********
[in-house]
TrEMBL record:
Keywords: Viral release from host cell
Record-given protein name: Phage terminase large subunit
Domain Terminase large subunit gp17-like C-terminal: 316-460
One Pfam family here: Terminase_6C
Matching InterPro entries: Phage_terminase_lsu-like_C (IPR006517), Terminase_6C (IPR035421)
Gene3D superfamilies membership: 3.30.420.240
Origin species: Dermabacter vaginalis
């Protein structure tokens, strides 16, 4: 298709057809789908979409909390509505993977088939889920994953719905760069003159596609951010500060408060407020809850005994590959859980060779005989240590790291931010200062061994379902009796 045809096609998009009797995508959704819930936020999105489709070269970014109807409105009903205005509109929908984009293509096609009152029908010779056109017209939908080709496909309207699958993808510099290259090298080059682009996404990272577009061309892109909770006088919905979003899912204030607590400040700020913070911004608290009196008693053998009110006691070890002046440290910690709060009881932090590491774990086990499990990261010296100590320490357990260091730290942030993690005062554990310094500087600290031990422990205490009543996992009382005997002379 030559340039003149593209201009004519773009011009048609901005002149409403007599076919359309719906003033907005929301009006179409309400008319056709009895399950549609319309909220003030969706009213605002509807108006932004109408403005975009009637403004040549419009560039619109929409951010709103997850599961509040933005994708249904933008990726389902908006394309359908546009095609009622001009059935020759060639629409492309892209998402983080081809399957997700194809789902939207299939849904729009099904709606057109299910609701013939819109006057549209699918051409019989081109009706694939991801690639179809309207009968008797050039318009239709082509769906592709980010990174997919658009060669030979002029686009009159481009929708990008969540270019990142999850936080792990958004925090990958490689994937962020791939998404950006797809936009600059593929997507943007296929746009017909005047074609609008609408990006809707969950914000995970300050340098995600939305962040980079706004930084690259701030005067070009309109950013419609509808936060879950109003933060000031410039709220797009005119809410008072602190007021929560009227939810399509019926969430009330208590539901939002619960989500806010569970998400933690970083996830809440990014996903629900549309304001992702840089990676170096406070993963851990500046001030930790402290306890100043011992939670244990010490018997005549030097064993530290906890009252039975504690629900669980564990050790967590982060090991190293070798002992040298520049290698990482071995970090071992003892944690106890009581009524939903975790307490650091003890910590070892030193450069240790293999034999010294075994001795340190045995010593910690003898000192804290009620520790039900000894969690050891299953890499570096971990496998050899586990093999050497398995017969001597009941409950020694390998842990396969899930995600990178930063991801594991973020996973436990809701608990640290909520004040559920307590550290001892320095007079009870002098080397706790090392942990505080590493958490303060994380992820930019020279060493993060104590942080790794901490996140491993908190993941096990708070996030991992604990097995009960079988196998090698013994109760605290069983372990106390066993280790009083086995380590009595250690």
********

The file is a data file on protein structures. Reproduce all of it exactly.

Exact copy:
[in-house]
TrEMBL record:
Keywords: Viral release from host cell
Record-given protein name: Phage terminase large subunit
Domain Terminase large subunit gp17-like C-terminal: 316-460
One Pfam family here: Terminase_6C
Matching InterPro entries: Phage_terminase_lsu-like_C (IPR006517), Terminase_6C (IPR035421)
Gene3D superfamilies membership: 3.30.420.240
Origin species: Dermabacter vaginalis
């Protein structure tokens, strides 16, 4: 298709057809789908979409909390509505993977088939889920994953719905760069003159596609951010500060408060407020809850005994590959859980060779005989240590790291931010200062061994379902009796 045809096609998009009797995508959704819930936020999105489709070269970014109807409105009903205005509109929908984009293509096609009152029908010779056109017209939908080709496909309207699958993808510099290259090298080059682009996404990272577009061309892109909770006088919905979003899912204030607590400040700020913070911004608290009196008693053998009110006691070890002046440290910690709060009881932090590491774990086990499990990261010296100590320490357990260091730290942030993690005062554990310094500087600290031990422990205490009543996992009382005997002379 030559340039003149593209201009004519773009011009048609901005002149409403007599076919359309719906003033907005929301009006179409309400008319056709009895399950549609319309909220003030969706009213605002509807108006932004109408403005975009009637403004040549419009560039619109929409951010709103997850599961509040933005994708249904933008990726389902908006394309359908546009095609009622001009059935020759060639629409492309892209998402983080081809399957997700194809789902939207299939849904729009099904709606057109299910609701013939819109006057549209699918051409019989081109009706694939991801690639179809309207009968008797050039318009239709082509769906592709980010990174997919658009060669030979002029686009009159481009929708990008969540270019990142999850936080792990958004925090990958490689994937962020791939998404950006797809936009600059593929997507943007296929746009017909005047074609609008609408990006809707969950914000995970300050340098995600939305962040980079706004930084690259701030005067070009309109950013419609509808936060879950109003933060000031410039709220797009005119809410008072602190007021929560009227939810399509019926969430009330208590539901939002619960989500806010569970998400933690970083996830809440990014996903629900549309304001992702840089990676170096406070993963851990500046001030930790402290306890100043011992939670244990010490018997005549030097064993530290906890009252039975504690629900669980564990050790967590982060090991190293070798002992040298520049290698990482071995970090071992003892944690106890009581009524939903975790307490650091003890910590070892030193450069240790293999034999010294075994001795340190045995010593910690003898000192804290009620520790039900000894969690050891299953890499570096971990496998050899586990093999050497398995017969001597009941409950020694390998842990396969899930995600990178930063991801594991973020996973436990809701608990640290909520004040559920307590550290001892320095007079009870002098080397706790090392942990505080590493958490303060994380992820930019020279060493993060104590942080790794901490996140491993908190993941096990708070996030991992604990097995009960079988196998090698013994109760605290069983372990106390066993280790009083086995380590009595250690």